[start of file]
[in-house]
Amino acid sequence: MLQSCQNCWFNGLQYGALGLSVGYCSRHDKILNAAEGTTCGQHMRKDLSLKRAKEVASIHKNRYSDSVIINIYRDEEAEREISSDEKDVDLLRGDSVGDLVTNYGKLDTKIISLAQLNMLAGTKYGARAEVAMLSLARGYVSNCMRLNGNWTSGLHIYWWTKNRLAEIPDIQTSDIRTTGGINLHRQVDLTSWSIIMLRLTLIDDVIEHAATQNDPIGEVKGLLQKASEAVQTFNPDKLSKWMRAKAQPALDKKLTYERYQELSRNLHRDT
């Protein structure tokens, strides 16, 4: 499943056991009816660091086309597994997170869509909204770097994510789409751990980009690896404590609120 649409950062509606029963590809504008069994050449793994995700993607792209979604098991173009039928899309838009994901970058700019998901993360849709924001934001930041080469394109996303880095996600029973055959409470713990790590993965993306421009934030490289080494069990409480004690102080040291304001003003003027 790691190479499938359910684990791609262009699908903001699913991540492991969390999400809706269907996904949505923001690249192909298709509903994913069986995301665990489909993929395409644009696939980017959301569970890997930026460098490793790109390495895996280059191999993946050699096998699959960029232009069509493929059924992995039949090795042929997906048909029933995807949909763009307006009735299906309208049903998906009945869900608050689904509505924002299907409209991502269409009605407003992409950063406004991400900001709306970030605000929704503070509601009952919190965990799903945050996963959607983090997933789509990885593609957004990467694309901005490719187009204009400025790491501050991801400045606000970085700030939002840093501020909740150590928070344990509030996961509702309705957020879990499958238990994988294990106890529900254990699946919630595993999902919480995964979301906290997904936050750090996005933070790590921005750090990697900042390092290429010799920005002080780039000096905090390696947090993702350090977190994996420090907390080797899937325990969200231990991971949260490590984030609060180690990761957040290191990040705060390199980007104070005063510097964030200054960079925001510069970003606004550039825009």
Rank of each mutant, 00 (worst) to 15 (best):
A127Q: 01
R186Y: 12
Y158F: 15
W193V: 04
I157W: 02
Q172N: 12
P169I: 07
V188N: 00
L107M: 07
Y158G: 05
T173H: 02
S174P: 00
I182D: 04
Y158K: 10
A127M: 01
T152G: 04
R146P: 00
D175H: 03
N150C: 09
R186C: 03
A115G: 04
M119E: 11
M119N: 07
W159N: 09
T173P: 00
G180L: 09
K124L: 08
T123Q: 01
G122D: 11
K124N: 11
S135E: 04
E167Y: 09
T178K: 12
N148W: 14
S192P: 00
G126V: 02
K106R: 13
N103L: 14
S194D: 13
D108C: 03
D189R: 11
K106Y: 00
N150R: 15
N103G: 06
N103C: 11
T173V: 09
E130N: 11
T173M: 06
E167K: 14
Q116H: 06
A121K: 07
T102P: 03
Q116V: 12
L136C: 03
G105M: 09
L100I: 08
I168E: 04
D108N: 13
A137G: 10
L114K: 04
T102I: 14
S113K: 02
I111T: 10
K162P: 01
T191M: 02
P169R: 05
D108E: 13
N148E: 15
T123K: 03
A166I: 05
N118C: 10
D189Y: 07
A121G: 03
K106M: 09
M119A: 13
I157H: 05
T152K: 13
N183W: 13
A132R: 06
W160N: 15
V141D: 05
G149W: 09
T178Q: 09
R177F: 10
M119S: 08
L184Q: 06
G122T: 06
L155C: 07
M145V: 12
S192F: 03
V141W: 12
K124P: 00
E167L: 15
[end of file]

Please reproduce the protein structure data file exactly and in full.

[in-house]
Amino acid sequence: MLQSCQNCWFNGLQYGALGLSVGYCSRHDKILNAAEGTTCGQHMRKDLSLKRAKEVASIHKNRYSDSVIINIYRDEEAEREISSDEKDVDLLRGDSVGDLVTNYGKLDTKIISLAQLNMLAGTKYGARAEVAMLSLARGYVSNCMRLNGNWTSGLHIYWWTKNRLAEIPDIQTSDIRTTGGINLHRQVDLTSWSIIMLRLTLIDDVIEHAATQNDPIGEVKGLLQKASEAVQTFNPDKLSKWMRAKAQPALDKKLTYERYQELSRNLHRDT
């Protein structure tokens, strides 16, 4: 499943056991009816660091086309597994997170869509909204770097994510789409751990980009690896404590609120 649409950062509606029963590809504008069994050449793994995700993607792209979604098991173009039928899309838009994901970058700019998901993360849709924001934001930041080469394109996303880095996600029973055959409470713990790590993965993306421009934030490289080494069990409480004690102080040291304001003003003027 790691190479499938359910684990791609262009699908903001699913991540492991969390999400809706269907996904949505923001690249192909298709509903994913069986995301665990489909993929395409644009696939980017959301569970890997930026460098490793790109390495895996280059191999993946050699096998699959960029232009069509493929059924992995039949090795042929997906048909029933995807949909763009307006009735299906309208049903998906009945869900608050689904509505924002299907409209991502269409009605407003992409950063406004991400900001709306970030605000929704503070509601009952919190965990799903945050996963959607983090997933789509990885593609957004990467694309901005490719187009204009400025790491501050991801400045606000970085700030939002840093501020909740150590928070344990509030996961509702309705957020879990499958238990994988294990106890529900254990699946919630595993999902919480995964979301906290997904936050750090996005933070790590921005750090990697900042390092290429010799920005002080780039000096905090390696947090993702350090977190994996420090907390080797899937325990969200231990991971949260490590984030609060180690990761957040290191990040705060390199980007104070005063510097964030200054960079925001510069970003606004550039825009």
Rank of each mutant, 00 (worst) to 15 (best):
A127Q: 01
R186Y: 12
Y158F: 15
W193V: 04
I157W: 02
Q172N: 12
P169I: 07
V188N: 00
L107M: 07
Y158G: 05
T173H: 02
S174P: 00
I182D: 04
Y158K: 10
A127M: 01
T152G: 04
R146P: 00
D175H: 03
N150C: 09
R186C: 03
A115G: 04
M119E: 11
M119N: 07
W159N: 09
T173P: 00
G180L: 09
K124L: 08
T123Q: 01
G122D: 11
K124N: 11
S135E: 04
E167Y: 09
T178K: 12
N148W: 14
S192P: 00
G126V: 02
K106R: 13
N103L: 14
S194D: 13
D108C: 03
D189R: 11
K106Y: 00
N150R: 15
N103G: 06
N103C: 11
T173V: 09
E130N: 11
T173M: 06
E167K: 14
Q116H: 06
A121K: 07
T102P: 03
Q116V: 12
L136C: 03
G105M: 09
L100I: 08
I168E: 04
D108N: 13
A137G: 10
L114K: 04
T102I: 14
S113K: 02
I111T: 10
K162P: 01
T191M: 02
P169R: 05
D108E: 13
N148E: 15
T123K: 03
A166I: 05
N118C: 10
D189Y: 07
A121G: 03
K106M: 09
M119A: 13
I157H: 05
T152K: 13
N183W: 13
A132R: 06
W160N: 15
V141D: 05
G149W: 09
T178Q: 09
R177F: 10
M119S: 08
L184Q: 06
G122T: 06
L155C: 07
M145V: 12
S192F: 03
V141W: 12
K124P: 00
E167L: 15